The Number One Job of a Startup CEO Is Finding Product Market Fit

Of all the roles and responsibilities an early stage startup CEO has, the most important is finding product market fit. A good heuristic to use is to continually ask, “Is what I’m doing getting us closer to product market fit.” If not, it’s a sign that the thing you are doing is not the most important thing to be spending time on.

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See also:

  • Willingness to Pay Should Be at the Core of Product Design

    The core thesis of Monetizing Innovation is that product failure is rooted in the failure to put the customer’s willingness to pay at the core of product design. Designing around the price—which measures value and priority—helps guide product design based on the customer. Companies often build the product and then do marketing and pricing, but that amounts to a leap of faith at best and a painful disconnect that leads to failure at worst.

  • When Things Are Going Well it Feels Like Users Are Pulling You

    When things are going poorly it feels like you are pushing your users. Sales are harder, finding new users is harder, etc. When things are going well it feels like users are pulling you. Users are driving you to get what they need, everything feels easier.

  • Emotional Intelligence Is More Important for Entreprenuerial Success Than General Mental Ability

    A recent meta-analysis study compared the impact of general mental ability and emotional intelligence in entrepreneurial settings and found that emotional intelligence was twice as important for explaining success.

  • Founder-Led Sales Helps Identify Product Problems

    When a founder leads initial sales at a startup they can quickly respond to each scenario, position the product, and answer questions. If a salesperson is the only person doing initial sales they will need a script and training to do it well. If it’s not going well it’s difficult to tell if there is a problem with the product or a problem with the salesperson.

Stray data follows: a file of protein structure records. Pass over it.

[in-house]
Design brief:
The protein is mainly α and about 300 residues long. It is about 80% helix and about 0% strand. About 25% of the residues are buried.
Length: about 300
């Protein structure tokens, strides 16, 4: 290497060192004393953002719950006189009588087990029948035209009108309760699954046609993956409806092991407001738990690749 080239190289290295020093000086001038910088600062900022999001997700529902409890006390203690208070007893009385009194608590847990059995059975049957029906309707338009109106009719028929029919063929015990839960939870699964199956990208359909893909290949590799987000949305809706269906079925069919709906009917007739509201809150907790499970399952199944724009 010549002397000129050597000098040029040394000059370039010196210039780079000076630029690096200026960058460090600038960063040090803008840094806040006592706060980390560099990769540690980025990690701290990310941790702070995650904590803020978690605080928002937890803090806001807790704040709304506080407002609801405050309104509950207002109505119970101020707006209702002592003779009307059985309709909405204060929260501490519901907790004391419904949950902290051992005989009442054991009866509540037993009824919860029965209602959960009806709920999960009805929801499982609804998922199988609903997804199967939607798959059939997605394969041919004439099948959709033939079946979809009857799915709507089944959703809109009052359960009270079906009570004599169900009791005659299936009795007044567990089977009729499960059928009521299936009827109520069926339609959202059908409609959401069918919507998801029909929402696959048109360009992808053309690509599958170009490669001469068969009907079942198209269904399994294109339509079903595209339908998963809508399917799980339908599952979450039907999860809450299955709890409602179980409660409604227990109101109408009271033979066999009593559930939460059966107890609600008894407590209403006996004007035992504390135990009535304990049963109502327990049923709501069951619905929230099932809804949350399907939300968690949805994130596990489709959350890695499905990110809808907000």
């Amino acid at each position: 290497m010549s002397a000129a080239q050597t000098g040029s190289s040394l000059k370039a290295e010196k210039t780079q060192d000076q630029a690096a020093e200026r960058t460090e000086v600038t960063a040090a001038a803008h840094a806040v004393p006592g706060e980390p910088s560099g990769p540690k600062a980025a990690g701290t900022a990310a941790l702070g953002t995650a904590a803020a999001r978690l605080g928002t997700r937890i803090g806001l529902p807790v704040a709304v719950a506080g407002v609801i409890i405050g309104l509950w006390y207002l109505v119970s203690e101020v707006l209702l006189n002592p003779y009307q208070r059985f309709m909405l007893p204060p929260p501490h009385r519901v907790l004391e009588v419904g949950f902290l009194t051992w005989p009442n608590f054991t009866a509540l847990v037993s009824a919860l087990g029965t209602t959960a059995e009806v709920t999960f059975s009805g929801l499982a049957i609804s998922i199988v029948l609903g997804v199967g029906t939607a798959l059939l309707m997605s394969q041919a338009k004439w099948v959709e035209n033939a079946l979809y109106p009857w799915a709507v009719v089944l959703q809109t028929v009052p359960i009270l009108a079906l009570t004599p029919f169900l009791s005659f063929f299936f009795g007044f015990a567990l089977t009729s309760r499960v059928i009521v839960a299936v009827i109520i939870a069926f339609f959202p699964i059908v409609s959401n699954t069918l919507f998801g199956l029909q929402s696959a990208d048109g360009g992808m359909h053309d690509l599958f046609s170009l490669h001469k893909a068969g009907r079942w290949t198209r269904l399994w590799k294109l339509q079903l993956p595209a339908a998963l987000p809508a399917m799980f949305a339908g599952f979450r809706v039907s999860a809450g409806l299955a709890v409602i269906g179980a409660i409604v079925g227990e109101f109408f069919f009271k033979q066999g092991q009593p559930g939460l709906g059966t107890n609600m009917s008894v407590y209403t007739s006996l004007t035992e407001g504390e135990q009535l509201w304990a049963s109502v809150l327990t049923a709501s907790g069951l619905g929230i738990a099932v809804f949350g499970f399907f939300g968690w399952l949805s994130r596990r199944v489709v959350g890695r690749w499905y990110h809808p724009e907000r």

• The Path from Concept to Product Is an Annealing Process

    Curtis Yarvin wrote in a blog post announcing his departure from Urbit, that building a product is like an annealing process. It starts as gas (an idea, amorphous and unconstrained) and ends in metal (a product in the hands of users). In the process, it can cool too fast causing structural weakness requiring heat to temper it (iteration and refinement).

  • Solo Founders Are Less Likely to Pivot

    The likelihood of pivoting seems to increase as the number of founders increases. Solo founders are the least likely to pivot compared to co-founders of 2, 3, and 4. The most likely to pivot is when there are 4 founders.

  • You Should Be Able to Get from Seed to Series a on Your Network Alone

    Most early founder-led sales will come from the founder’s personal network. Once you are bootstrapped with a few customers, you should also receive referrals from them (if you are not, that’s a signal that you don’t have something people love). For B2B startups charging high 5 figures, low 6 figures per installation, you should be able to close all of the sales you need (learning and adjusting along the way) to get from seed stage to raising your series A.

  • How Much to Pay Yourself as an Early-Stage Founder

    This question comes up a lot from founders starting a company and raising a seed round—how much should you pay yourself?